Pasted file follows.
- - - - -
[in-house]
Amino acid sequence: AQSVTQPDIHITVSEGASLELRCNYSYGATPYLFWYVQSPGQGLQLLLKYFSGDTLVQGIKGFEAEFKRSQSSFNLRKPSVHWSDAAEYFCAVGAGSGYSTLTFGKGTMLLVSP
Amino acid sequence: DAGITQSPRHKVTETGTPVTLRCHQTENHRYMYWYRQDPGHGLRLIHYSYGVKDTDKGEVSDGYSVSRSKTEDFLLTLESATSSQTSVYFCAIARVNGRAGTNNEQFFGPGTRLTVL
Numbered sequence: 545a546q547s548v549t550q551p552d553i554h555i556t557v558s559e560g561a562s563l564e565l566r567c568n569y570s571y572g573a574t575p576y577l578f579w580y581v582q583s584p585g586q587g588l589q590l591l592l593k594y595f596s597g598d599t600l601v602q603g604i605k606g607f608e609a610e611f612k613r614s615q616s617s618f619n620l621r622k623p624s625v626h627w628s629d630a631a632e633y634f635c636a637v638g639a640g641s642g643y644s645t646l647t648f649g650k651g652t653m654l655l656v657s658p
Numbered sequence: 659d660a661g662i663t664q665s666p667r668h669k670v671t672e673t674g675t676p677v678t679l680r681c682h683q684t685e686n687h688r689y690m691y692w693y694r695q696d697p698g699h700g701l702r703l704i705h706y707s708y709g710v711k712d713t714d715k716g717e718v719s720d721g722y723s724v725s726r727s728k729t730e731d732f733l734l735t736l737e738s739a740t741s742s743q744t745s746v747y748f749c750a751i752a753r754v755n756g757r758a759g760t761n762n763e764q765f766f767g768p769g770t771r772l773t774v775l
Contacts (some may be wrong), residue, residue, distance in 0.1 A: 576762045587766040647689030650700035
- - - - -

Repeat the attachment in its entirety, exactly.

[in-house]
Amino acid sequence: AQSVTQPDIHITVSEGASLELRCNYSYGATPYLFWYVQSPGQGLQLLLKYFSGDTLVQGIKGFEAEFKRSQSSFNLRKPSVHWSDAAEYFCAVGAGSGYSTLTFGKGTMLLVSP
Amino acid sequence: DAGITQSPRHKVTETGTPVTLRCHQTENHRYMYWYRQDPGHGLRLIHYSYGVKDTDKGEVSDGYSVSRSKTEDFLLTLESATSSQTSVYFCAIARVNGRAGTNNEQFFGPGTRLTVL
Numbered sequence: 545a546q547s548v549t550q551p552d553i554h555i556t557v558s559e560g561a562s563l564e565l566r567c568n569y570s571y572g573a574t575p576y577l578f579w580y581v582q583s584p585g586q587g588l589q590l591l592l593k594y595f596s597g598d599t600l601v602q603g604i605k606g607f608e609a610e611f612k613r614s615q616s617s618f619n620l621r622k623p624s625v626h627w628s629d630a631a632e633y634f635c636a637v638g639a640g641s642g643y644s645t646l647t648f649g650k651g652t653m654l655l656v657s658p
Numbered sequence: 659d660a661g662i663t664q665s666p667r668h669k670v671t672e673t674g675t676p677v678t679l680r681c682h683q684t685e686n687h688r689y690m691y692w693y694r695q696d697p698g699h700g701l702r703l704i705h706y707s708y709g710v711k712d713t714d715k716g717e718v719s720d721g722y723s724v725s726r727s728k729t730e731d732f733l734l735t736l737e738s739a740t741s742s743q744t745s746v747y748f749c750a751i752a753r754v755n756g757r758a759g760t761n762n763e764q765f766f767g768p769g770t771r772l773t774v775l
Contacts (some may be wrong), residue, residue, distance in 0.1 A: 576762045587766040647689030650700035